A plethora of outfitters offer guided tours, and whether you join an organized venture or strike out on your own, plan to trek through a few must-see points. Head to Banff to hike the shores of Lake Louise and Moraine Lake, where you can then admire the Valley of the Ten Peaks. After crossing the Continental Divide, visit 1,240-foot-high Takakkaw Falls, Canada's second highest waterfall, then kick up your adventure with a rafting trip along the Kicking Horse River. Hike along the toe of the Athabasca Glacier, or traverse the alpine meadows toward Wilcox Pass in Jasper National Park. For a final, adrenaline-pumping excursion, heli-hike to the base of Mount Assiniboine, the highest peak in the Canadian Rockies, at nearly 12,000 feet high.
The lush, tropical environs of Costa Rica supply adventurers with ample opportunity to take a trip on the wild side. The Central American nation lures travelers with an array of heart-pounding outdoor pursuits including white-water rafting, mountain biking, world-class surfing, volcano tours and zip-line tours across the tangled jungle canopy. Many tourists are surprised to discover that Costa Rica is home to some of the world's wildest white-water rapids; book a trip to raft on the Reventazon River, or the Pacuare River, where you'll encounter more than 20 class 3 and 4 rapids bursting from between 100-foot-tall canyon walls.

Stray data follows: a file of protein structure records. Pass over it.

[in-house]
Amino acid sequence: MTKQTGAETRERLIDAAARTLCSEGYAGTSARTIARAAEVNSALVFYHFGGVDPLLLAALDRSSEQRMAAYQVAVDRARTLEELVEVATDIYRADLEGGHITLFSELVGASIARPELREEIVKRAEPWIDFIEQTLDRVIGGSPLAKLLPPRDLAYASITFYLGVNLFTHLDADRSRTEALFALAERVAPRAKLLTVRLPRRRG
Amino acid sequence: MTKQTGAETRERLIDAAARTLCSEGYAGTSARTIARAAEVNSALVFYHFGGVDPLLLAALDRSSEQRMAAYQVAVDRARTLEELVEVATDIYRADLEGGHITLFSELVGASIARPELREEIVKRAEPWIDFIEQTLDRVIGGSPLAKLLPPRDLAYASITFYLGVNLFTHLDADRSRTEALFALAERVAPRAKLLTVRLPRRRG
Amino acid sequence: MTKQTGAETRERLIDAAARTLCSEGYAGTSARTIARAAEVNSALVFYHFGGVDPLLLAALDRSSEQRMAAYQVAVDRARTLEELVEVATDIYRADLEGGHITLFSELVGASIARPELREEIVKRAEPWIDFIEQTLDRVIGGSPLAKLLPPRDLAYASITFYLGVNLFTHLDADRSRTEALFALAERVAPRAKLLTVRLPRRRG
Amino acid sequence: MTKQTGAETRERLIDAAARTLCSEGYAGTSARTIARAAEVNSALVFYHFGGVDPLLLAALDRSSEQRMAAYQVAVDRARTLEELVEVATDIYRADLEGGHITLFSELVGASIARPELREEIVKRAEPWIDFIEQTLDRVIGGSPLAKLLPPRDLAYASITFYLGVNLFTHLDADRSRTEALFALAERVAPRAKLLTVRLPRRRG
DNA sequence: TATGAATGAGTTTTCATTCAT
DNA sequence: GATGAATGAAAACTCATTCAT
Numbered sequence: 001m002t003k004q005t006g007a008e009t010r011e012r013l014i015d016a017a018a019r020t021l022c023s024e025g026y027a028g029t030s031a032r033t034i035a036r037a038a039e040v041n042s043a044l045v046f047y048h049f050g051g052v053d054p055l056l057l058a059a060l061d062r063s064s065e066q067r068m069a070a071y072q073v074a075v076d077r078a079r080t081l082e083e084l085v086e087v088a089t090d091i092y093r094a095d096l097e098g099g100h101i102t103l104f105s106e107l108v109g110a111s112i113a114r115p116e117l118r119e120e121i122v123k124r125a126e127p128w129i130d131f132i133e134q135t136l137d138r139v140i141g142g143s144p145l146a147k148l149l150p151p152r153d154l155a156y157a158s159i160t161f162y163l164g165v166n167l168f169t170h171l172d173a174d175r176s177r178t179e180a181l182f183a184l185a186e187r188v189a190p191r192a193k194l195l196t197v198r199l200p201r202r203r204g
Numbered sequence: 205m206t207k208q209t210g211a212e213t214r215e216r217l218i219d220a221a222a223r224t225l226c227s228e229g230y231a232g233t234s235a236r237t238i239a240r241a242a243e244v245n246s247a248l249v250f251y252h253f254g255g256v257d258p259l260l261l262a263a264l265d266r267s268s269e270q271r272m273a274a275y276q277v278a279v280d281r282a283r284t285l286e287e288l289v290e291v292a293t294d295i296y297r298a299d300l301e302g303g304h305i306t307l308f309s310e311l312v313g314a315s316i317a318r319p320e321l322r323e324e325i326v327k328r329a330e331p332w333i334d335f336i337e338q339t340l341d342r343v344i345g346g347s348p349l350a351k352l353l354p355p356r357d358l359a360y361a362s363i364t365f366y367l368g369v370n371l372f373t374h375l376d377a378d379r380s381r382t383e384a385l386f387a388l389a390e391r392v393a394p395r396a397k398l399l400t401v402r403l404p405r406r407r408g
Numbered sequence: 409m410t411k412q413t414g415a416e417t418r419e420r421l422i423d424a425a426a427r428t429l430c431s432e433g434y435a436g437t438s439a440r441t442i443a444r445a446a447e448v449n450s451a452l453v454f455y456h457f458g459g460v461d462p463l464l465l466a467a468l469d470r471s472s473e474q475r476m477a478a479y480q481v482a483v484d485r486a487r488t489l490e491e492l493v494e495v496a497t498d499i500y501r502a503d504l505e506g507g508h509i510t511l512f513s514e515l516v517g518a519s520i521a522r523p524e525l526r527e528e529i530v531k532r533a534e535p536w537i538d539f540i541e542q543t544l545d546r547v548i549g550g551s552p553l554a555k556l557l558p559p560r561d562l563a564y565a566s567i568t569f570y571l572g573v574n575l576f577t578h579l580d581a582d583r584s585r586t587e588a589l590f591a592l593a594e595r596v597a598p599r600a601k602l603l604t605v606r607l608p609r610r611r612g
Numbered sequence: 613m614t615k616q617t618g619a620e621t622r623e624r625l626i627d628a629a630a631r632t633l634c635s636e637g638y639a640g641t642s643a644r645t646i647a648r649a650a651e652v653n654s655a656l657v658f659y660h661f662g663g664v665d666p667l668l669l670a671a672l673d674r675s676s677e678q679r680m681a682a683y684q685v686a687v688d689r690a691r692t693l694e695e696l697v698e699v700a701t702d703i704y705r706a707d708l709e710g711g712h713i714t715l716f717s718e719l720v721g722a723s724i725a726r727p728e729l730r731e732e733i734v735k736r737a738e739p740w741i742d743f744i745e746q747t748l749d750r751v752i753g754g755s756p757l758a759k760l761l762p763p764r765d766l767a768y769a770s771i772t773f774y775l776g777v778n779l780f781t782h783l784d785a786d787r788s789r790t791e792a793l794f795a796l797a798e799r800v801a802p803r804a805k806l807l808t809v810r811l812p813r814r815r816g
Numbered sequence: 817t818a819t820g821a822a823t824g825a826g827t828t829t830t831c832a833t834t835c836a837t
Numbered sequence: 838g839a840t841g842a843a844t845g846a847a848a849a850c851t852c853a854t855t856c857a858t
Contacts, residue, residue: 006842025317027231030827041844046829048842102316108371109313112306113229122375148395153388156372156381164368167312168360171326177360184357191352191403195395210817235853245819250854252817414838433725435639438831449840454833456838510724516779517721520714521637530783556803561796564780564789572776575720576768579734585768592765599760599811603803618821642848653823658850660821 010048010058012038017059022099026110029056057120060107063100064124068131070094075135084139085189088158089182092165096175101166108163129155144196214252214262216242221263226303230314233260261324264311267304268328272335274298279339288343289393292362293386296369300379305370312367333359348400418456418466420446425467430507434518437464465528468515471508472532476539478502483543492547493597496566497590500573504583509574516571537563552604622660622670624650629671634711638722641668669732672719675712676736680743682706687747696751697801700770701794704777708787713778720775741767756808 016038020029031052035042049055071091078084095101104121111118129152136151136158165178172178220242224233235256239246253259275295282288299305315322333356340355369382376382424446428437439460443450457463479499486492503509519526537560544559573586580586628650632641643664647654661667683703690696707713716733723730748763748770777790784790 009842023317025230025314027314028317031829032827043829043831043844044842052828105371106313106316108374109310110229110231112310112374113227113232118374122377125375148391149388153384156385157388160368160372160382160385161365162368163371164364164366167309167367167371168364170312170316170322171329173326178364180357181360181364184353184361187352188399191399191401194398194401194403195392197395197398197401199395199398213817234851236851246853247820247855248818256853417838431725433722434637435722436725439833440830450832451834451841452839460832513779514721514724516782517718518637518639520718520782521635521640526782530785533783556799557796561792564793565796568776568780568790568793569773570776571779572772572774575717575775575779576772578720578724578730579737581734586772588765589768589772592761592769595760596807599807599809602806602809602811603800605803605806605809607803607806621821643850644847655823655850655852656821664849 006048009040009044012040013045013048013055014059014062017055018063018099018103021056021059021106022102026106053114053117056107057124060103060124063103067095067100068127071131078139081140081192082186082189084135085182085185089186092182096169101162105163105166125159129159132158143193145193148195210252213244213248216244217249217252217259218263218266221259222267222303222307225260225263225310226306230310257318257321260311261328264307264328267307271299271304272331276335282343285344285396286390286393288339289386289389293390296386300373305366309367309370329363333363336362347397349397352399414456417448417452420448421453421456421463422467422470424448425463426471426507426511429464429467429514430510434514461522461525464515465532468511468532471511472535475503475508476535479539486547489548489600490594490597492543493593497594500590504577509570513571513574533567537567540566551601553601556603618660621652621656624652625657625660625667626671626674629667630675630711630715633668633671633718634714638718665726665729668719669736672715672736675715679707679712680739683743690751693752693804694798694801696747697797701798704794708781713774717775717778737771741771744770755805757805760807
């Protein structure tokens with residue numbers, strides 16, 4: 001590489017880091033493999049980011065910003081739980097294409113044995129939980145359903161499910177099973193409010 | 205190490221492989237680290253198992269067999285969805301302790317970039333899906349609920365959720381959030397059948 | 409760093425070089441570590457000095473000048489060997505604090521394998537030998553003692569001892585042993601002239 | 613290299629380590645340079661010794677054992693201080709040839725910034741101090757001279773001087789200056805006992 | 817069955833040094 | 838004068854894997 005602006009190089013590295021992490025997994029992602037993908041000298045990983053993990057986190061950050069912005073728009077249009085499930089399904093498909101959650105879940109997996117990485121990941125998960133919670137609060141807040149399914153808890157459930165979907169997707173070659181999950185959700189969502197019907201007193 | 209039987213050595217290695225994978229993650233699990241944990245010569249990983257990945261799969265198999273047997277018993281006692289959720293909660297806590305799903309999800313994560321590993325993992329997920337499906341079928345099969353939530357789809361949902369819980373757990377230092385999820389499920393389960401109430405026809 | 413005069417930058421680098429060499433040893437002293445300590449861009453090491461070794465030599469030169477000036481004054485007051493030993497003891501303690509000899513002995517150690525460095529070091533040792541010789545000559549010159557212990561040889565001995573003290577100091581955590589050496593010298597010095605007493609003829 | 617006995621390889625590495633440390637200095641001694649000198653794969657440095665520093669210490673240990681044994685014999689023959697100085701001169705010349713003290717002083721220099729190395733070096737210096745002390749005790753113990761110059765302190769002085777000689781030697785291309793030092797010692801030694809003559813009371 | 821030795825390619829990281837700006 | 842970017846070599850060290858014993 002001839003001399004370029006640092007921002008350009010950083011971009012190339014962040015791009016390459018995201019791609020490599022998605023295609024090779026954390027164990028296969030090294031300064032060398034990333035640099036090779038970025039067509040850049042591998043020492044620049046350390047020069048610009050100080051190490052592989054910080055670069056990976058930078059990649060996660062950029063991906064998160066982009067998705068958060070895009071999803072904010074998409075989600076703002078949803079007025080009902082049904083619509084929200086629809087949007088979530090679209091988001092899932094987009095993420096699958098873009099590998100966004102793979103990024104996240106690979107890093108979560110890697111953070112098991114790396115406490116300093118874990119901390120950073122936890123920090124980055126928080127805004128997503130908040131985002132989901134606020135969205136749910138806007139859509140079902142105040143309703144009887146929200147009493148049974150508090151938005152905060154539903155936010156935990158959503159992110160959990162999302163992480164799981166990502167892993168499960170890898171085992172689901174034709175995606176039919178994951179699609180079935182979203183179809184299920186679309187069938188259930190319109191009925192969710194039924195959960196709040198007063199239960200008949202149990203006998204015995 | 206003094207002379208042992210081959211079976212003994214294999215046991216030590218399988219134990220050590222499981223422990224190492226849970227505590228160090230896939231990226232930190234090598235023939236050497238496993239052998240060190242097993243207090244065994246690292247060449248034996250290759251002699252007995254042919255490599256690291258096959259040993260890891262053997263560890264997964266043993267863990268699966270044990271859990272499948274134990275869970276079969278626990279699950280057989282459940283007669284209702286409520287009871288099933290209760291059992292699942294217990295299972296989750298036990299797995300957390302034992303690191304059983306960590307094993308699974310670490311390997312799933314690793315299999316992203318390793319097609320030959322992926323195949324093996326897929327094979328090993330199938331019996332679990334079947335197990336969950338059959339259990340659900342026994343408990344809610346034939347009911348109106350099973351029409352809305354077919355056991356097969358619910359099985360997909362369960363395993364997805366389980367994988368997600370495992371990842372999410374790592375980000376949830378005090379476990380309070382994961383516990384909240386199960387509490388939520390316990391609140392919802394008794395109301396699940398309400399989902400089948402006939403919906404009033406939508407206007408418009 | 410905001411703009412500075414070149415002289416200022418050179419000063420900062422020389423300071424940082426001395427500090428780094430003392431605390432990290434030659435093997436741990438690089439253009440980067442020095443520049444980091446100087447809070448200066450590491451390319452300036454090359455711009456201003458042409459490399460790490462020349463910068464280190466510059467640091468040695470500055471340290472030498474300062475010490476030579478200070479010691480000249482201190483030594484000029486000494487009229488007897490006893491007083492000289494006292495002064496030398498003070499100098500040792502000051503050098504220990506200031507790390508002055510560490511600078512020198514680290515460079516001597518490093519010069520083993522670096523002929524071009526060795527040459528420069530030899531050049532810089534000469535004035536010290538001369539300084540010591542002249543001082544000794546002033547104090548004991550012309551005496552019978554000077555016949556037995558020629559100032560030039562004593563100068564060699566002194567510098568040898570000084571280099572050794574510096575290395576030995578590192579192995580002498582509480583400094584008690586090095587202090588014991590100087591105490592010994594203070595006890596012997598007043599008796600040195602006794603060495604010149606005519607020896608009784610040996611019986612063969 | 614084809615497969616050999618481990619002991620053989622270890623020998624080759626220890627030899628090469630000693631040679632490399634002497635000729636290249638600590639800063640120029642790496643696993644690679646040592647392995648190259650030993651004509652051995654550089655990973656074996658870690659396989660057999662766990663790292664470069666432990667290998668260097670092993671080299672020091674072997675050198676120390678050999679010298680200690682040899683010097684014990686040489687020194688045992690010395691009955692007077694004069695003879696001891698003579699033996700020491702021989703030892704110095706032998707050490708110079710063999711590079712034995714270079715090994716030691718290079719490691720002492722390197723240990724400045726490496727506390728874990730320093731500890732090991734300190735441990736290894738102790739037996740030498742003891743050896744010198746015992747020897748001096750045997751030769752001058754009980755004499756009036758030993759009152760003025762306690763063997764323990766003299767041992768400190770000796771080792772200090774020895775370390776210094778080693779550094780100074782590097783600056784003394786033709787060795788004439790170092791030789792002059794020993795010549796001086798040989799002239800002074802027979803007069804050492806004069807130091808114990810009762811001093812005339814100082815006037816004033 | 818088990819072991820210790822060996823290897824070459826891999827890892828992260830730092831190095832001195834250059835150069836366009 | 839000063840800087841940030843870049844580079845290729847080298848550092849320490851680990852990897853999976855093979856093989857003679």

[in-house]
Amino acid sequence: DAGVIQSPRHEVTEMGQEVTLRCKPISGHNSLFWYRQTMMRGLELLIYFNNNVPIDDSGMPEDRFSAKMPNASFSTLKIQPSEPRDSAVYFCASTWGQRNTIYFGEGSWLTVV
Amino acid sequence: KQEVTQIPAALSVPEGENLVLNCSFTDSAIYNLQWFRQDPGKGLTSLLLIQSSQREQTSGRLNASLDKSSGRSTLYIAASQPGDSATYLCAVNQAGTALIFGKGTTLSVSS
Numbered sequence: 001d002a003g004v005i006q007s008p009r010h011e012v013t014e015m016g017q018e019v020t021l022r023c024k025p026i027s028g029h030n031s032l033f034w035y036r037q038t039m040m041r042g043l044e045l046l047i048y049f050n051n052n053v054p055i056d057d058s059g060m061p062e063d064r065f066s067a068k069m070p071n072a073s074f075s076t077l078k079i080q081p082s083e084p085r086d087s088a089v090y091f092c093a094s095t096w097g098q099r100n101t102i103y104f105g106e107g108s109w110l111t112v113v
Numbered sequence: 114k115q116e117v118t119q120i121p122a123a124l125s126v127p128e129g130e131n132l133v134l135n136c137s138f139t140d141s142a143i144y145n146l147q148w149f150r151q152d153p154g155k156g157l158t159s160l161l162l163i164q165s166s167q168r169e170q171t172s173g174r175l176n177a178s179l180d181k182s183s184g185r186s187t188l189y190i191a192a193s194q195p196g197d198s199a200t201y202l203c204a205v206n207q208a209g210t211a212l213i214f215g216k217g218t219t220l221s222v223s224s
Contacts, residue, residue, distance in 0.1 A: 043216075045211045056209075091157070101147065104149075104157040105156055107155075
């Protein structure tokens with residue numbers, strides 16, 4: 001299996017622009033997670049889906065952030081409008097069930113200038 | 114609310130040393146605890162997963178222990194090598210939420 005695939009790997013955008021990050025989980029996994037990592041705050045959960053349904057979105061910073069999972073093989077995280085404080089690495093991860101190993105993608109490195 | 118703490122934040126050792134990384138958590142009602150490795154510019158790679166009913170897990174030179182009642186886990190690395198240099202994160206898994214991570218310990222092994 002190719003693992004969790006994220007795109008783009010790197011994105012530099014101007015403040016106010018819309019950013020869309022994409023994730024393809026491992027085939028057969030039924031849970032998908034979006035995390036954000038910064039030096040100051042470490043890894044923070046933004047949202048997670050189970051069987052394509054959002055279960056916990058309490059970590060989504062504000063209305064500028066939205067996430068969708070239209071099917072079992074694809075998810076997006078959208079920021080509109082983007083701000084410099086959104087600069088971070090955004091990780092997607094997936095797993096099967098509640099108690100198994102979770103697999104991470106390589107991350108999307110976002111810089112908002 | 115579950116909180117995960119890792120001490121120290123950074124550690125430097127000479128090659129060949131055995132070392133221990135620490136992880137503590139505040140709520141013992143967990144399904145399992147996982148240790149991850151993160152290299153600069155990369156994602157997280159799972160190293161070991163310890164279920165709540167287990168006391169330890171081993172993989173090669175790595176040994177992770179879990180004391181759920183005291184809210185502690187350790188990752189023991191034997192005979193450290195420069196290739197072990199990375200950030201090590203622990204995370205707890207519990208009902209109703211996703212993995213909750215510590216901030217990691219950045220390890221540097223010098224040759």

When you're ready to dry off, head inland to the jungle for a canopy tour, a trip via lengthy zip line through the rainforest. You'll zip from platform to platform across jaw-dropping ravines and hillsides. Cap your trip off with a bike tour around the base of Arenal Volcano, one of Costa Rica's 5 active volcanoes.
Kenai Peninsula, Alaska
Coined "Alaska's Playground," the Kenai Peninsula offers travelers a whopping 15,000 square miles of sheer wilderness adventure. Take a deep breath and hop into a raft with an experienced guide to brave the unforgettable white water at Six Mile Creek, one of Alaska's most difficult rafting rivers, with torrents of class 4 and 5 waves flanked by ominous, rocky cliffs. For water-based action that's less fearsome, grab a canoe or a kayak, and explore the 60-mile Swanson River Canoe Trail, a series of rivers and lakes tucked into the Kenai National Wildlife Refuge.